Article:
OPINION12 August 2020

Building a more caring world

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Behavioural economics Covid-19 Impact Opinion

In his latest column for Impact, Crawford Hollingworth delves into why prosocial interventions can lead to lasting change. 

Emotional intelligence brain emotion empathy_crop

How might we build and maintain a more caring, responsive world? In her work, researcher Brené Brown shines a light on a powerful behavioural insight – how empathy can motivate us to respond to others’ needs and behave more prosocially. Prosocial behaviour is defined as voluntary behaviour that benefits others and may involve a cost to oneself. If it does involve personal cost, it is more narrowly thought of as altruism. It can range from charitable donations to giving away fruit and vegetables from your garden, lending money, getting your child vaccinated or, during the current era, physical distancing and handwashing.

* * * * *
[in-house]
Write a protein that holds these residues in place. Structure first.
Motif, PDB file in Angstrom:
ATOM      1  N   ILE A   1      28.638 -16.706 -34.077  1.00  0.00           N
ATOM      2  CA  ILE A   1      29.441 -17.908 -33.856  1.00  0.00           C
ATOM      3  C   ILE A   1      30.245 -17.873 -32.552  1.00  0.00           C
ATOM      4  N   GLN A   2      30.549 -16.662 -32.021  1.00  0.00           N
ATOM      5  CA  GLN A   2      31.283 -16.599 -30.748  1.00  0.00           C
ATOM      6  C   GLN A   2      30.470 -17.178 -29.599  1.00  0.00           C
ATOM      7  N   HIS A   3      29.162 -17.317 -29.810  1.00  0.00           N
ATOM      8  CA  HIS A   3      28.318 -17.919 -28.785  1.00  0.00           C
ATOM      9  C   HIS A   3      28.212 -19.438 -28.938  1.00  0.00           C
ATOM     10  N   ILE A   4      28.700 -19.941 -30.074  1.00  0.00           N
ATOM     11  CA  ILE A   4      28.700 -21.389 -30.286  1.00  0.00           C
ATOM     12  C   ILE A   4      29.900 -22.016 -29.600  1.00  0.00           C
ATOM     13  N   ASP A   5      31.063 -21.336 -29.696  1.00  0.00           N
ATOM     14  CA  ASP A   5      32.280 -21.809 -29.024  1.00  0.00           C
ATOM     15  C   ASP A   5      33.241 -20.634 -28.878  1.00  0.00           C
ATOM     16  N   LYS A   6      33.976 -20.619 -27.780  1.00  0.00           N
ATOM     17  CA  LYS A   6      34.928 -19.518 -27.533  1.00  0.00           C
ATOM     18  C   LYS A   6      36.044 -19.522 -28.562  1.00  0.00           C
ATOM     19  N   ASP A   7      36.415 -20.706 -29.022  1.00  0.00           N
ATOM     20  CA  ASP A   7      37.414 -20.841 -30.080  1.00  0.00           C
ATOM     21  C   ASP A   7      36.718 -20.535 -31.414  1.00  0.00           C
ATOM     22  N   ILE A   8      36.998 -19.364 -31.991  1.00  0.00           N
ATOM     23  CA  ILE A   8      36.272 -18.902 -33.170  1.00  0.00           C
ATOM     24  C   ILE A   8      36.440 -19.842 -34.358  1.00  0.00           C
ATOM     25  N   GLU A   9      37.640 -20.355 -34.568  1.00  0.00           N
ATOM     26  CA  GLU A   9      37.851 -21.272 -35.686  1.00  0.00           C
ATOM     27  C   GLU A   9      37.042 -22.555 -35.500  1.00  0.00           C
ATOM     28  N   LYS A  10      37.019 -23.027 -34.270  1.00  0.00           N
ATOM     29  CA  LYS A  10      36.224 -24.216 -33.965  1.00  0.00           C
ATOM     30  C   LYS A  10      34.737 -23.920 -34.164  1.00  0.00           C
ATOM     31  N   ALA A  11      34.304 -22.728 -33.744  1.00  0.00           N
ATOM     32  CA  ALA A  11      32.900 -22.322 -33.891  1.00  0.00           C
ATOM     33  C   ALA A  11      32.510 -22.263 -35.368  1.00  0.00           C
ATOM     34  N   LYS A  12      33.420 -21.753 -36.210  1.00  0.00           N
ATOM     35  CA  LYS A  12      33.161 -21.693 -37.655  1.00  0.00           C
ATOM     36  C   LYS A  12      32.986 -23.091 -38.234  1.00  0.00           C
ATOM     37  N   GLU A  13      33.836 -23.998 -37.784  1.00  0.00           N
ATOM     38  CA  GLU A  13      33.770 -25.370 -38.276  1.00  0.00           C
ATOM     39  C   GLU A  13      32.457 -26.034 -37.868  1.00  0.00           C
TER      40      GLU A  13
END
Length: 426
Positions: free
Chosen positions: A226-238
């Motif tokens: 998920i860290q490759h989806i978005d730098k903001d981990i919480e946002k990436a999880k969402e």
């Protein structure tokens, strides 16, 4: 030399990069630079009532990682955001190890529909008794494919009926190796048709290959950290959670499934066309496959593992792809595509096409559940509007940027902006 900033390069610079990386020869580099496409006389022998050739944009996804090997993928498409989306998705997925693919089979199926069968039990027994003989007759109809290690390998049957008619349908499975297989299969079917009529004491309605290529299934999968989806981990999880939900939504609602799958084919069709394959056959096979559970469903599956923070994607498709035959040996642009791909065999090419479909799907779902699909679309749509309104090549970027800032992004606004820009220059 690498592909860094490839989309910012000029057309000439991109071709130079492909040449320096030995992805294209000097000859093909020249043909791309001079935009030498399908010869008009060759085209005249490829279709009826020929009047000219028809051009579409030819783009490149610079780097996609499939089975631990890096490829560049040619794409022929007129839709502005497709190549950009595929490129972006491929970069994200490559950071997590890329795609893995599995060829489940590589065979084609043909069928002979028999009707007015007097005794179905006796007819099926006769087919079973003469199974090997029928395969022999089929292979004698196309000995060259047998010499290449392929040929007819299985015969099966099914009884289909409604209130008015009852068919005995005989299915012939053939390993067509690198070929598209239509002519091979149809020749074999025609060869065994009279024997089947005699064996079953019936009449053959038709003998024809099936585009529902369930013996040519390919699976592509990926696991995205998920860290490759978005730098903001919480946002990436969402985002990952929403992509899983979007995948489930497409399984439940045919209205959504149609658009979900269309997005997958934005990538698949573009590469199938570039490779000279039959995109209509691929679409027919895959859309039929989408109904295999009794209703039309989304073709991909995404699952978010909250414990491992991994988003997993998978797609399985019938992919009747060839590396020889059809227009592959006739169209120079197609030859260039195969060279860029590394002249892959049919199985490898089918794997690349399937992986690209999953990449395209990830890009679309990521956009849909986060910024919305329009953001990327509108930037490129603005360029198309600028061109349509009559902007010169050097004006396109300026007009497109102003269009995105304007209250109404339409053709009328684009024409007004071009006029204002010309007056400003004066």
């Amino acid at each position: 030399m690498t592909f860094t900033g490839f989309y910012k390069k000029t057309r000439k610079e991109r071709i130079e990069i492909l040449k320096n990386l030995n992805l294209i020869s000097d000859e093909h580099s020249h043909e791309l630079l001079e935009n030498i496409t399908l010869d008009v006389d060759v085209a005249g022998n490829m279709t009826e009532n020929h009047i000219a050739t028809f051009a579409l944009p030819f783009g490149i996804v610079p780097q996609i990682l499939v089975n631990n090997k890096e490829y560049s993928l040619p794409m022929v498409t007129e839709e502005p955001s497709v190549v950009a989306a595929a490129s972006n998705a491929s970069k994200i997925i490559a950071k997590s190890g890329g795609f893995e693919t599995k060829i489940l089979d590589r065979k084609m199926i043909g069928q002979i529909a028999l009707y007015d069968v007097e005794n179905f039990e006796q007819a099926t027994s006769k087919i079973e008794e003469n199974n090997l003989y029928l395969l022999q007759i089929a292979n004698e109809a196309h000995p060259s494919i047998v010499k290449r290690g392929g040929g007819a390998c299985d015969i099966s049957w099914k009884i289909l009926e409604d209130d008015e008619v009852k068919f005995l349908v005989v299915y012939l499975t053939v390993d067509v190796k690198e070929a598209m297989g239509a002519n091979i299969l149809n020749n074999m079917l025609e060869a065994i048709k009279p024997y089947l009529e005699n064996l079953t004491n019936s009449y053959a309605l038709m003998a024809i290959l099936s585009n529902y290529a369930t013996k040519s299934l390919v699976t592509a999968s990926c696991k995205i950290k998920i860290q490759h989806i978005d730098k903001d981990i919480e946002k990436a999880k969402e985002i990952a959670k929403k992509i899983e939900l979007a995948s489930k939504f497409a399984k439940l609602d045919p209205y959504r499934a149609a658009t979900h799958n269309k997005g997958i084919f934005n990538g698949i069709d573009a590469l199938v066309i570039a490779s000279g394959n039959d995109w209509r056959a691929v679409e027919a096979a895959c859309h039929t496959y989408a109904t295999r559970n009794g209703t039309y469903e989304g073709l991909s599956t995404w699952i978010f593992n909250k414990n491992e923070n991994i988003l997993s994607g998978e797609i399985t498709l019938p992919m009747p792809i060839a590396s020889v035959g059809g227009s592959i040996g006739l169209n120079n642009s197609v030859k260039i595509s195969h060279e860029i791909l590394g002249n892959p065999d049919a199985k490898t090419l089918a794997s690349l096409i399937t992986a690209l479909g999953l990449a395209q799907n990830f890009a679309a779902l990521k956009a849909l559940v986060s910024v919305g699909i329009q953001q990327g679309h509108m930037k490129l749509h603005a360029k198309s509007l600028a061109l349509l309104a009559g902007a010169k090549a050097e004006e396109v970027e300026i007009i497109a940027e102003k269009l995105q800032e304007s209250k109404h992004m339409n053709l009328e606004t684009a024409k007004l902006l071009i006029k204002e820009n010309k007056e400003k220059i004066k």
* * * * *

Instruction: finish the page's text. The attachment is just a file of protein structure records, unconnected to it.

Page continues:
Prosocial behaviour can be driven by various factors, including eliciting empathy, cooperation or moral values. It may even be driven by a sense of social responsibility. Not surprisingly, initiatives to motivate people to go beyond their personal preferences and think more prosocially are currently very topical.

Studies on how to encourage behaviour change with broad societal benefits often focus on reducing ...